In last month’s column, I looked back at the very first post. It was a fascinating exercise to try to put myself back in the mindset of how the world looked back then, which was about the time when the World Wide Web was just starting to find its way onto university campuses, but had not yet penetrated the everyday lives of most of the world’s population.
That period of intense technological and societal change – looking back, it is clear it was just beginning, in the first half of the 1990s being more evolutionary rather than the revolutionary that was soon to follow – and the strong sensation of change both underway and pending, is reflected in some of the topics I chose to write about each month in that first year. Here is a list of those first twelve posts, with hyperlinks.
- "Good Times," January, 1996
- "Base Considerations," February, 1996
- "Deep Blue," March, 1996
- "Are Mathematicians Turning Soft?," April, 1996
- "The Five Percent Solution," May, 1996
- "Laws of Thought," June, 1996
- "Tversky's Legacy Revisited," July, 1996
- "Of Men, Mathematics, and Myths," August, 1996
- "Dear New Student," September, 1996
- "Wanted: A New Mix," October, 1996
- "Spreading the Word," November, 1996
- "Moment of Truth," December, 1996
Along with essays you might find in a mathematics magazine for students (February, June, July, August, November, December), there are reflections on where mathematics and its role in the world might be heading in the next few years.
January’s post, about the growth of computer viruses in the digital domain, was clearly in that Brave New World vein, as I noted last month, and in February I focused on another aspect of the rapid growth of the digital world, with a look at the ongoing debate about the future of Artificial Intelligence. Though that field has undoubtedly made many advances in the ensuing two decades, the core argument I summarized there seems as valid today as it did then. Digital devices still do not “think” in anything like a human fashion (though these days it can sometimes be harder to tell the difference).
The posts for April, May, and October looked at different aspects of the “Where is mathematics heading?” question. Of course, I was not claiming then, nor am I suggesting now, that the core of pure mathematics is going to change. (Though the growth of Experimental Mathematics in the New Millennium was a new direction, one I addressed in a Devlin’s Angle post in March 2009.) Rather, I was taking a much broader view of mathematics, stepping outside the mathematics department of colleges and universities and looking at the way mathematics is used in the world.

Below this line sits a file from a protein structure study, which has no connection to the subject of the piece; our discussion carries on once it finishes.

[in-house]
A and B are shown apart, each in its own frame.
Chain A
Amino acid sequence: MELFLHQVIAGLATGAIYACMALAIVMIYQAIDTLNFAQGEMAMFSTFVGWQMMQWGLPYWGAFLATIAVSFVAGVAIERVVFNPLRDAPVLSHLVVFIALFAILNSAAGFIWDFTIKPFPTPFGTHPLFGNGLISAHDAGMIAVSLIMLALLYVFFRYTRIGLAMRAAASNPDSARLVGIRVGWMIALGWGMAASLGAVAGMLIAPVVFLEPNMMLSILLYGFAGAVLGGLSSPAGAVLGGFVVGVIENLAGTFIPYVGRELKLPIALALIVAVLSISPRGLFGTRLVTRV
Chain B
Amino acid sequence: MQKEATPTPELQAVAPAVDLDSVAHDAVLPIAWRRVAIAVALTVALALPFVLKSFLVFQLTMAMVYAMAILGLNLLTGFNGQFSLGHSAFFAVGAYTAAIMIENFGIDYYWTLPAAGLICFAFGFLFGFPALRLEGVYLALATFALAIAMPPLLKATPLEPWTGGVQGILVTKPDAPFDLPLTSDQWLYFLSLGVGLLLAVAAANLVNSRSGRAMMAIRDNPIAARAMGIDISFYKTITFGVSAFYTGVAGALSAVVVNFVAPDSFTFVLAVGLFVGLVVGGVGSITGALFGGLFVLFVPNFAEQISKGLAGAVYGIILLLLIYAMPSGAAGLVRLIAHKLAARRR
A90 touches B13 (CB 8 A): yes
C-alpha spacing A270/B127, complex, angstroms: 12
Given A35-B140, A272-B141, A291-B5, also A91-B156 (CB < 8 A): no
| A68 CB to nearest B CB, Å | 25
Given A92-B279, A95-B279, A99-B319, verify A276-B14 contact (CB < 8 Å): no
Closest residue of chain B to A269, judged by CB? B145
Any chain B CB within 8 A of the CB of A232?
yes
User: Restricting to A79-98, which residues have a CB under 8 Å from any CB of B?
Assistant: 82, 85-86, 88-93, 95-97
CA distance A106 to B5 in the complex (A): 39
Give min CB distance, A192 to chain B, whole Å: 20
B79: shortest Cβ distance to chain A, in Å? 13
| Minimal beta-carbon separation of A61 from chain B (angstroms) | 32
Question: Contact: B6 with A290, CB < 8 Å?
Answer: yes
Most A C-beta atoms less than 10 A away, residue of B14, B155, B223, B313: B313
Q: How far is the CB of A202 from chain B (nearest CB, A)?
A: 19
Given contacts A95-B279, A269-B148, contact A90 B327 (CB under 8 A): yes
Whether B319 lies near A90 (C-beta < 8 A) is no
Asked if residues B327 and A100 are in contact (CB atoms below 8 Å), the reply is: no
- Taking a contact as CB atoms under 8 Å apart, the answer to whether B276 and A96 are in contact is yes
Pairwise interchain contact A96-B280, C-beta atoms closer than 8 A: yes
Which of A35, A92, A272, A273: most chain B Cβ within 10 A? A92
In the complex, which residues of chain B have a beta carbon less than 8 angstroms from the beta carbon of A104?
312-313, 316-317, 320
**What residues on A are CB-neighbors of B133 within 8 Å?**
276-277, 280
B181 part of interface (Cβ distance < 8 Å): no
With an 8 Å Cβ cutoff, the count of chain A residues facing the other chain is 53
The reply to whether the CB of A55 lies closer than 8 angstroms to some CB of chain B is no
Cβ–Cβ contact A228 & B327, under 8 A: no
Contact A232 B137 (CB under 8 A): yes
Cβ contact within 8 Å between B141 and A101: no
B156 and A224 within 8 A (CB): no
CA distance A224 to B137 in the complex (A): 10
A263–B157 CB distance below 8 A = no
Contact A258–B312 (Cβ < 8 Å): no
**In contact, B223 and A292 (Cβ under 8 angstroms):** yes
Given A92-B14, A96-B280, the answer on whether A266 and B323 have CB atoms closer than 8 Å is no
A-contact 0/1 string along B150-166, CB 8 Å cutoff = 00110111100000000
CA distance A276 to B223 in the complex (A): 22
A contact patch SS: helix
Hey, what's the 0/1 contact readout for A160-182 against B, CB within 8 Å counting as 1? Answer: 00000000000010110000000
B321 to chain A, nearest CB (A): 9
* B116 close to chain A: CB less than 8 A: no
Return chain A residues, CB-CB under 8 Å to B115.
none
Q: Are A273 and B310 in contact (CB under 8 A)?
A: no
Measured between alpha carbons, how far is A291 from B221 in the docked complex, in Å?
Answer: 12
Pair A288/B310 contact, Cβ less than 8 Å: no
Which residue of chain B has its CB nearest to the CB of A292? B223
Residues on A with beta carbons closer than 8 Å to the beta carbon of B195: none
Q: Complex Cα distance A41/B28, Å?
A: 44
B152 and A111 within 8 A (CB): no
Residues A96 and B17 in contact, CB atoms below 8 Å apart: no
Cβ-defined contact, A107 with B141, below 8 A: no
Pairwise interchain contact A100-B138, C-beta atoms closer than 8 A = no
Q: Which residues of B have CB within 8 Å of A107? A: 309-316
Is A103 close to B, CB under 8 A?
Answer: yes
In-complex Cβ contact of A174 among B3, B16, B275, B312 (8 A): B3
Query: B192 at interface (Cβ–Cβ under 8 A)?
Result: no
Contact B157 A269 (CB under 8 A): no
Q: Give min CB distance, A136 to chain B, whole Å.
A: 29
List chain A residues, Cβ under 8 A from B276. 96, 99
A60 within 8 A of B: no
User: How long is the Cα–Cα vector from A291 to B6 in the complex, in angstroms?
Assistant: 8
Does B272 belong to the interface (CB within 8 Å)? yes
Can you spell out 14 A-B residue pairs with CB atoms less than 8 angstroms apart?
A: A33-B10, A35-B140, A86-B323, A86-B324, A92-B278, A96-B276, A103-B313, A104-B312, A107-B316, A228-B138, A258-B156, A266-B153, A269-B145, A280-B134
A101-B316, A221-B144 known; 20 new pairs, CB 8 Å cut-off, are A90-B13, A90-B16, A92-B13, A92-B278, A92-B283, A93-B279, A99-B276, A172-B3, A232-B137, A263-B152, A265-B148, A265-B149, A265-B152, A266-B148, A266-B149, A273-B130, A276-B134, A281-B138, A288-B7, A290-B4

The October post, in particular, turned out to be highly prophetic for my own career. Shortly after the terrorist attack on the World Trade Center on September 11, 2001, I was contacted by a large defense contractor, asking if I would join a large team they were putting together to bid for a Defense Department contract to find ways to improve intelligence analysis. I accepted the offer, and worked on that project for the next several years. (From my perspective, that project and the work that followed did not end uniformly well, as I lamented in an AMS Notices opinion piece in 2014.) When that project ended, I did similar work for a large contractor to the US Navy and another project for the US Army. In all three projects, I was living in the kind of world I portrayed in that October, 1996 column.
In fact, my professional life as a mathematician for the entire life of Devlin’s Angle has been in that world – a way of using mathematics I started to refer to as “mathematical thinking.” In a Devlin’s Angle post in 2012, I tried to articulate what I mean by that term. (The term is used by others, sometimes with different meanings, though I see strong overlaps and general agreements among them all.) That same year, I launched the world’s first mathematical MOOC on the newly established online course platform Coursera, with the title “Introduction to Mathematical Thinking”, and published a book with the same title.
With the world as it is today, in particular the pervasive (though largely hidden) role played by mathematics and mathematical ideas in almost every aspect of our lives, I would hazard a guess that there are far more people using “mathematical thinking” than there are people doing mathematics in the traditional sense.
If so, that would make the professions of mathematician and mathematics educator two of the most secure careers in the world. For there is one thing in particular you need in order to engage in (effective) mathematical thinking about a real world problem: an adequate knowledge of, and conceptual understanding of, mathematics. In fact, that need was ever so, but it often tended to be overlooked in the pre-digital eras, when doing mathematics meant engaging in a lot of paper-and- pencil, symbolic computations, which meant that the bulk of mathematics instruction focused on computation, with wide ranging knowledge and conceptual understanding often getting short shrift.
But those days are gone. Today, we carry around in our pockets devices that give us instant access to pretty well all of the world’s mathematical information and computational procedures we might need to use. (Check out Wolfram Alpha.) But the thinking still has to be done where it always has: in our heads.